Even with 120 photographs, Cindy Sherman: Imitation of Life still felt pretty small. I think it was because it was somewhat chronologically separated into print series. I had seen only one or two of her large color pieces from the mid ’80s, which were chromogenic salvos hurled from the art world against Republican Senator Jesse Helms on behalf of artists like Robert Mapplethorpe, Andres Serrano, and others. Some of Sherman’s photographs from this period, including series on fairy tales, disasters, and sex, tethered on the grotesque and the macabre –– “Untitled #190” is a 96-and-a-half-by-73-inch photograph of a decaying face crawling with trash and maggots. Knowing that these images were created at the peak of the conflict, it was hard to imagine that they weren’t responses to Helms and his followers, who did not want the National Endowment for the Arts to extend grants to any artist dabbling in “obscene” work.
The exhibit also featured some of Sherman’s Hollywood/Hamptons series. The artist’s caricatures of actresses and society ladies are as sad as they are sympathetic. The viewer is tempted to snicker at these heavily made-up characters, but in some ways these images portray our own unreasonable expectations for these women to remain eternally youthful to be relevant, a perspective I was keenly aware of as I traveled cross-country with the two most important women in my life.
I’d already spent two hours at the Broad, and there was still so much left to see. My plans to sort of zip through the rest of the museum and cross the street to the LA MoCA came to a grinding halt when I stepped into a small upstairs gallery and stumbled upon a focus exhibit featuring Joseph Beuys and Anselm Kiefer. Kiefer’s pieces “Book with Wings” and “Aschenblume” are mostly on permanent display at the Modern, and I find myself in front of them on each visit there. I’ve been connected to his work since the first American survey of his pieces was shown there in 2005. And to have his former teacher Beuys in the same gallery was enough to keep me there for another hour.
I texted Christie after I left the Broad to see how their afternoon was going. They were at the Griffith Observatory and were headed to Hollywood, so I used the time to walk across the street to the Museum of Contemporary Art, Los Angeles. I have to admit that after spending so long at the Broad, I felt myself skimming through the MoCA, stopping only to look at works I couldn’t walk away from.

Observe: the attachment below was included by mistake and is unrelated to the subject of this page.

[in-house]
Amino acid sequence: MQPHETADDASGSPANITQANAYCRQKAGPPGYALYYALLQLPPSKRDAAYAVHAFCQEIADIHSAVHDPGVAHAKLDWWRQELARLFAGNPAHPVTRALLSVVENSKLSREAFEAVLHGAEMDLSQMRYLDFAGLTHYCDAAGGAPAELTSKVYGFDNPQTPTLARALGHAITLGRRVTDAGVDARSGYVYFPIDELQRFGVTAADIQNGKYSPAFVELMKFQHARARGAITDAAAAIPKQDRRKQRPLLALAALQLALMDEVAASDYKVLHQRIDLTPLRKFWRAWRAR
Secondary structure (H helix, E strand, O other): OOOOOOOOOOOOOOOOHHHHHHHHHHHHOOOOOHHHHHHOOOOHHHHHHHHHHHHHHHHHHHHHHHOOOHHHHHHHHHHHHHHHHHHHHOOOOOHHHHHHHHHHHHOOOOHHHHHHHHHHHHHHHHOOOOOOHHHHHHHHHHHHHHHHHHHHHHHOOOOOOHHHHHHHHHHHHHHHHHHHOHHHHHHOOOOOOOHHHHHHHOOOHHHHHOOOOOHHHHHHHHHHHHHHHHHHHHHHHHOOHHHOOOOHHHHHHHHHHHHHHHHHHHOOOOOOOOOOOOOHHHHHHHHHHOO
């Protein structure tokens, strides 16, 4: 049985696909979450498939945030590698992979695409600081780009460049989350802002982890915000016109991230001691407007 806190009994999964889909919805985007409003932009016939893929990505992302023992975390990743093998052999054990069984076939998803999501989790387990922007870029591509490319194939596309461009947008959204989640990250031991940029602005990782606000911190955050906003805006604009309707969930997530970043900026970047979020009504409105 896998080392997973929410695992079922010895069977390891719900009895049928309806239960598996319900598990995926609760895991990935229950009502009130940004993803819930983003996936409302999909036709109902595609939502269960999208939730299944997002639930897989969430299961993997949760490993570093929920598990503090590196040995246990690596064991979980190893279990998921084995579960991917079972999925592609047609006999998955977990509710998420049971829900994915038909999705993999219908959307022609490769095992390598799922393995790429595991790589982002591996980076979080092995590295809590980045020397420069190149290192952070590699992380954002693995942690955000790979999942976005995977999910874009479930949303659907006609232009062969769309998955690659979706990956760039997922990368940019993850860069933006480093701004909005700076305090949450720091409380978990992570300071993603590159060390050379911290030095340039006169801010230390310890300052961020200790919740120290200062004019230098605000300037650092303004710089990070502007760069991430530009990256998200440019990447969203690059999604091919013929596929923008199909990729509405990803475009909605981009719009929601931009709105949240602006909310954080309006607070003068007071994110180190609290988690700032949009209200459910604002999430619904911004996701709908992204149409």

Hito Steyerl’s “Factory of the Sun” was one of those pieces. The immersive science-fiction work filled an entire gallery with a glowing LED grid straight out of Tron. There was a large screen attached to scaffolding in one corner and a semi-circle of lawn chairs for viewing. The screen projected an elaborate narrative of a viral YouTube video of a guy dancing in his basement in the not-too-distant future. Somehow society devolves from that point to people donning motion-capture suits and being forced to dance to generate power for cellphones worldwide. If a person stopped dancing, he or she was shot by drones. I was mesmerized.
I stopped to talk to a gallery attendant about the piece, and during the conversation she mentioned an all-women sculpture exhibit at a space a few miles away. Though what she described sounded like a local pop-up show, it turned out to be Revolution in the Making: Abstract Sculptures by Women, 1947-2016. Most of the artists in this show have played a crucial role in the history of contemporary sculpture, and it was pretty awesome to see them all at once. Lynda Benglis, Eva Hesse, Louise Bourgeois, Jackie Winsor, and so many others were all here at Hauser Wirth & Schimmel, a gallery with a museum-scale mission. The spaces are part of the Globe Mills complex in downtown L.A., a collection of interconnected buildings over a century old. Benglis’ cast aluminum “Wing, 1970” was one of the pieces I kept returning to. It’s a small departure from her piece in the Fort Worth Modern’s collection but is still recognizable as part of Benglis’ signature style. The cast aluminum sculpture seemed to ooze out from the wall and freeze into a fluid wave of metal, suspended in mid-pour. To say that the gallery attendant at the MoCA diminished the earthshaking significance of this show, curated by Jenni Sorkin, would be an understatement. I almost brushed it off to go to the Getty Museum, and I’m so glad that I didn’t.
A large group photo taken at the gallery on August 30 underscored this point. More than 700 female artists showed up to be photographed in the courtyard, next to the Jackie Winsor piece “30 to 1 Bound Trees.”
I took an Uber back to the Omni, and we went to dinner near the hotel. Maybe it was because we had such a full day running around, but we were all thinking the same thing: They’d be leaving for Sacramento in the morning, and I’d be headed to San Francisco for the week before reconnecting with them afterward. The movers would get their things in, and I’d help with the small stuff after Kera flew back to Austin, where she is theater director at the Round Rock school district. Christie and I returned to the hotel, my arms around my baby girl and maybe a few tears rolling between us.